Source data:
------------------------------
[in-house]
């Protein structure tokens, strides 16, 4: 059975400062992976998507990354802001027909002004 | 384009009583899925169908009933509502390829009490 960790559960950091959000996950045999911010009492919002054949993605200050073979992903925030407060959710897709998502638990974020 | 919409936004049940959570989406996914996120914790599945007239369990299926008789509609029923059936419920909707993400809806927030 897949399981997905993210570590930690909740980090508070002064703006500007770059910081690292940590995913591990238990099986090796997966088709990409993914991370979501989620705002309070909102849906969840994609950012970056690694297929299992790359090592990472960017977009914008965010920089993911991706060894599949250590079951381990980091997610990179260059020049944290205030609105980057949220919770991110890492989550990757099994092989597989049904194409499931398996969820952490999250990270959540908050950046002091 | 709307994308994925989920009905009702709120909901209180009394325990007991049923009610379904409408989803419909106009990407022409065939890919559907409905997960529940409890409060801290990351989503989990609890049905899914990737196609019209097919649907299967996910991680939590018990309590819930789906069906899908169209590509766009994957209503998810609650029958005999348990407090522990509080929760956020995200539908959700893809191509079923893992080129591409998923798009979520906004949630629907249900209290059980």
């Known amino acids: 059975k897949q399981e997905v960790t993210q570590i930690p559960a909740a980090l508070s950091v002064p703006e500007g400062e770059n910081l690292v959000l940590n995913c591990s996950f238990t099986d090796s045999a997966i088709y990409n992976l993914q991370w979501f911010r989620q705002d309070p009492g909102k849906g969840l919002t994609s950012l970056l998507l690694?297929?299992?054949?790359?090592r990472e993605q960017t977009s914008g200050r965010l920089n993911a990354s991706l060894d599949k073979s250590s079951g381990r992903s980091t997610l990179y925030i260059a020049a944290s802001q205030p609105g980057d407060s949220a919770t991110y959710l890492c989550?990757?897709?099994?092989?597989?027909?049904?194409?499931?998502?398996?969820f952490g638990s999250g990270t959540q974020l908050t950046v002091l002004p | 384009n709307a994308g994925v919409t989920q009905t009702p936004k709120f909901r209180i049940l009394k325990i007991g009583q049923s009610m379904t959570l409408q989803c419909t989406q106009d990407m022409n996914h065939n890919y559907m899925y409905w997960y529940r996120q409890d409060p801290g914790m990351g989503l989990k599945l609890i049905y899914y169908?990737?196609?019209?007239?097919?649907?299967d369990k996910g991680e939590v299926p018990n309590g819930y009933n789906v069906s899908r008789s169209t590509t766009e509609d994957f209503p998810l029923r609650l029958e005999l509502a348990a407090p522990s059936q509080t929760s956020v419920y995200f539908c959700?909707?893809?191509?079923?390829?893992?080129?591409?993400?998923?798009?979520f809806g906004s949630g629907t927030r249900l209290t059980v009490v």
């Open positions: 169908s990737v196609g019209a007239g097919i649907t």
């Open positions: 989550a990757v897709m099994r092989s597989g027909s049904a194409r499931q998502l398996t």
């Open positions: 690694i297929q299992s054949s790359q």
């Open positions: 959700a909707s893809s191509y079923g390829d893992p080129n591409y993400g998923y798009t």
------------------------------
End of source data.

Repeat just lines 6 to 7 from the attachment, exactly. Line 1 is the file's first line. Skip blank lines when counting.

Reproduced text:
């Open positions: 690694i297929q299992s054949s790359q």
């Open positions: 959700a909707s893809s191509y079923g390829d893992p080129n591409y993400g998923y798009t």